As 2016 gets underway, speculation has begun to arise around the progress of interest rates throughout the year ahead.
In recent weeks, reports have emerged predicting that interest rates will rise slightly in the UK over the next 12 months, while they are not expected to increase at all in other parts of Europe. Meanwhile, the actions of the Federal Reserve are anticipated to have an effect on interest rates in Asia.
So, what exactly is likely to happen to interest rates around the world over the course of 2016? We take a look below.
There are conflicting opinions as to what will most likely be the case for interest rates in the UK throughout 2016, with the general consensus in recent months being that there would be no rise until the final weeks of the year, or even January 2017.
However, various comments from the Monetary Policy Committee (MPC), dramatically falling oil prices and weaker-than-expected growth in the country's economy have led these hunches to change, with many now believing there will be no interest rate increase in Britain until early next year.
Despite this, some believe there could be not just one rise but, in fact, two over the course of 2016, indicating a significantly mixed outlook for the year ahead.
Speaking to the Telegraph, analyst Samuel Tombs of Pantheon Macroeconomics offered his own predictions for the state of UK interest rates during 2016.
"We still think that the MPC will need to raise interest rates twice this year to prevent inflation rebounding too sharply in 2017," he stated.
"May remains - just - the most likely date for the first hike, although we would not be surprised if the committee dithers a few months longer."
Although only time will tell what's next for UK interest rates, the common view is that they will indeed increase - it's just when that's the question.
Elsewhere in Europe, no dramatic changes to interest rates are predicted for the coming year - but in the ever-unpredictable world of finance, no one can ever be 100 per cent certain of what might happen.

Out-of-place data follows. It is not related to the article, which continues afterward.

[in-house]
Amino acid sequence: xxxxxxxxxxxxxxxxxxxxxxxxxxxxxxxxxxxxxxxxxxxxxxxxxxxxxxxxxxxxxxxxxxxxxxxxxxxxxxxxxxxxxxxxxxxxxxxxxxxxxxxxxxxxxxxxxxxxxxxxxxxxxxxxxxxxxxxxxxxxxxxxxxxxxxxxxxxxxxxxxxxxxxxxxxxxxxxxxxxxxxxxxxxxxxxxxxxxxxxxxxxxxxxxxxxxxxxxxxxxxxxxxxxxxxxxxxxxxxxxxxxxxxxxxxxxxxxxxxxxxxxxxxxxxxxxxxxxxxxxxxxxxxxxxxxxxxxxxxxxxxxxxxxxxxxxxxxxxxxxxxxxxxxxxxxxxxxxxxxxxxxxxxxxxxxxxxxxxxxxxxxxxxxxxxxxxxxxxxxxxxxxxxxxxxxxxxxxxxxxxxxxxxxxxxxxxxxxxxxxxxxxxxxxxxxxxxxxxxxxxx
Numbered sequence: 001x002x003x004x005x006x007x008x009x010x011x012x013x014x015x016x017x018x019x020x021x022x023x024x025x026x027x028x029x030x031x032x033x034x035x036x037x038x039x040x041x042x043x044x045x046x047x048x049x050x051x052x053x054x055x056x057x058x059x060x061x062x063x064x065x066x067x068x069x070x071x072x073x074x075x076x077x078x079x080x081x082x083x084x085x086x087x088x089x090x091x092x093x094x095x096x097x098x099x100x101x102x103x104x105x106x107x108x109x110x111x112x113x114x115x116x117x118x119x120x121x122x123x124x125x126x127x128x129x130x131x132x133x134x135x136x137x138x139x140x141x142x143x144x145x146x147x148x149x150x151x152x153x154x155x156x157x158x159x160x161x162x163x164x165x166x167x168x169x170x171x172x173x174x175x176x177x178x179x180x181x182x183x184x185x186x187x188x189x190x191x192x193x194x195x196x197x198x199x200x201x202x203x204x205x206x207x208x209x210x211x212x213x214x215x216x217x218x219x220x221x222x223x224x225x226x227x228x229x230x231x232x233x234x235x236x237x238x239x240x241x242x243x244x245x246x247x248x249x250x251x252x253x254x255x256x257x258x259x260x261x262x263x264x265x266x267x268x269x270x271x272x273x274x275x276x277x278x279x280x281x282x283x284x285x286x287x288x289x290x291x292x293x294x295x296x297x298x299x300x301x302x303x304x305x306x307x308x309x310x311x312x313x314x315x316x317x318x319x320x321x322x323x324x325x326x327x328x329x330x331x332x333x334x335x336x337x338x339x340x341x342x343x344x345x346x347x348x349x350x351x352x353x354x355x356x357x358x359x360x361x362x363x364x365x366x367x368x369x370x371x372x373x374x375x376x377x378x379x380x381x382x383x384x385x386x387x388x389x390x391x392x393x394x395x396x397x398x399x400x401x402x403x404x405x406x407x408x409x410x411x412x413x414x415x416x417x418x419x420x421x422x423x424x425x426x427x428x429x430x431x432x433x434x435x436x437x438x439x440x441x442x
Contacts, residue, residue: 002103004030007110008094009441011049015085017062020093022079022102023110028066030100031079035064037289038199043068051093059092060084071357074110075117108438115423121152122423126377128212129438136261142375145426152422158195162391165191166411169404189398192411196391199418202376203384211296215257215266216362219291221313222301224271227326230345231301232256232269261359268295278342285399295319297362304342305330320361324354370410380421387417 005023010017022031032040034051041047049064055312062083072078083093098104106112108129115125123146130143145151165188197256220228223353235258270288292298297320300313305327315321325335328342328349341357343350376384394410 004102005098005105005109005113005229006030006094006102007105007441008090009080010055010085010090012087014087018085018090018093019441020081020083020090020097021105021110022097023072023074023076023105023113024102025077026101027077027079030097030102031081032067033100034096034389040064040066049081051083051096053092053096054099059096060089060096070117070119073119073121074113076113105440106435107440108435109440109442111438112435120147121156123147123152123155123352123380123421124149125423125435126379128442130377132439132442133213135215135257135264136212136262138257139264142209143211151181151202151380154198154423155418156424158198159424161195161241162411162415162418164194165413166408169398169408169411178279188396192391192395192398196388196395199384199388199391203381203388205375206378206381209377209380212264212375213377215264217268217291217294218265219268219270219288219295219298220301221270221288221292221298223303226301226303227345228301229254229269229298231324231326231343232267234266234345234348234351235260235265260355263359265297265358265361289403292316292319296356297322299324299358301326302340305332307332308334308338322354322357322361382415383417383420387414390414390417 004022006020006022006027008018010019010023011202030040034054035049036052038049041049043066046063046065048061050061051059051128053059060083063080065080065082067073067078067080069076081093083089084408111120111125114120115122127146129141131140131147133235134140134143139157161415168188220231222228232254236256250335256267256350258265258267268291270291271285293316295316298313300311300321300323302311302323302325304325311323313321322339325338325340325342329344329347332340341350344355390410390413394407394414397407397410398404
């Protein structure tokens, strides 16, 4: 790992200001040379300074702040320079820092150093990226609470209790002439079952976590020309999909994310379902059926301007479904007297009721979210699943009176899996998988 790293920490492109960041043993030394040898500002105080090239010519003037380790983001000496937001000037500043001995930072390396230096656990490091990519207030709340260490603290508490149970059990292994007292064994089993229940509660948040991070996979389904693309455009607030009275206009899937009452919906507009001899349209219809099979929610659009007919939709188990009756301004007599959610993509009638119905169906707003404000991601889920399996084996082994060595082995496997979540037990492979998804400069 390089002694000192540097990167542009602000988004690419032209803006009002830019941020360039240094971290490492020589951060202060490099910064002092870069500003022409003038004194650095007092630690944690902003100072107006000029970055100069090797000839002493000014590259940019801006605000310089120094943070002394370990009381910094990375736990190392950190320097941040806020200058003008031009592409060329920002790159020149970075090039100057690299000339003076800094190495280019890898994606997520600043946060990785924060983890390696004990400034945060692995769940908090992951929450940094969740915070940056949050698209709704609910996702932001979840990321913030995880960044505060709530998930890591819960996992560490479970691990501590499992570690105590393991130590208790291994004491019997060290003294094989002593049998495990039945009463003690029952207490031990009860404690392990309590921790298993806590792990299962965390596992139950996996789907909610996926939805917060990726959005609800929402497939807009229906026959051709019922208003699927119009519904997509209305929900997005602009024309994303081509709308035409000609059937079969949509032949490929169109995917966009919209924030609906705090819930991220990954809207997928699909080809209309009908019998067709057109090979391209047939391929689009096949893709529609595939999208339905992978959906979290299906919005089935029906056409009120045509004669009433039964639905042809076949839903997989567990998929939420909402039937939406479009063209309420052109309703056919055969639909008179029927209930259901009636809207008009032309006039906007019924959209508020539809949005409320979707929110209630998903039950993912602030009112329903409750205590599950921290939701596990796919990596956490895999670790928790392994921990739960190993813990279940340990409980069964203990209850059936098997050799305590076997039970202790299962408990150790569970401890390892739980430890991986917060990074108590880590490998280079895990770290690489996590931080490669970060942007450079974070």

In a policy meeting on January 21st, the European Central Bank's (ECB's) president Mario Draghi opted to keep interest rates unchanged at 0.05 per cent for the foreseeable future.
Mr Draghi stated that eurozone rates would "stay at present or lower levels for an extended period".
With little movement predicted with regards to the value of the euro in the coming months, this is not expected to change dramatically as 2016 continues to get underway.
Over in the US, the situation is a little more complex, with any interest rate changes in the country having a knock-on effect on financial markets around the world.
Last year was a fairly quiet one for America's interest rates, although December 2015 saw the Federal Reserve increase rates for the first time in ten years, leading to speculation about what may happen over the year ahead.
However, it depends how inflation changes during the next 12 months. It has remained at a relatively low rate in recent years, but many believe an increase will occur in 2016, which in turn is highly likely to lead to a hike in interest rates.
Speaking to MarketWatch, chief economist at Amherst Pierpont Stephen Stanley said that inflation "is likely to be the single most important issue that determines the pace of Fed rate hikes in 2016".
Finally, interest rates in and around Asia are expected to increase during 2016, following the Federal Reserve's hike in the US. Singapore's financial market performance in particular is heavily influenced by what goes on in America, meaning it is more than likely that the country's interest rates will subsequently rise over the next 12 months.
It is not just international factors that will have an impact on Asia's interest rates though, with domestic influences also set to determine the progress of the region's rates this year.
One industry analyst, Jack Wang from Raffles Investment, explained: "For Indonesia, it's pretty much the concerns about inflation, which is pretty high, it can reach double digits. For Malaysia, it's more of an impact of low oil prices, as well as the reputation - the credit rating of the country."
"So really, I think the domestic factors will play a role. The macro environment has not been very favourable to them."
Overall, it seems that global interest rates and the activity surrounding them remains fairly calm for now, with no dramatic fluctuations expected at the start of 2016 and just the US and Asia anticipating slight increases to their rates.
However, only time will tell what will happen as the year gets into full swing.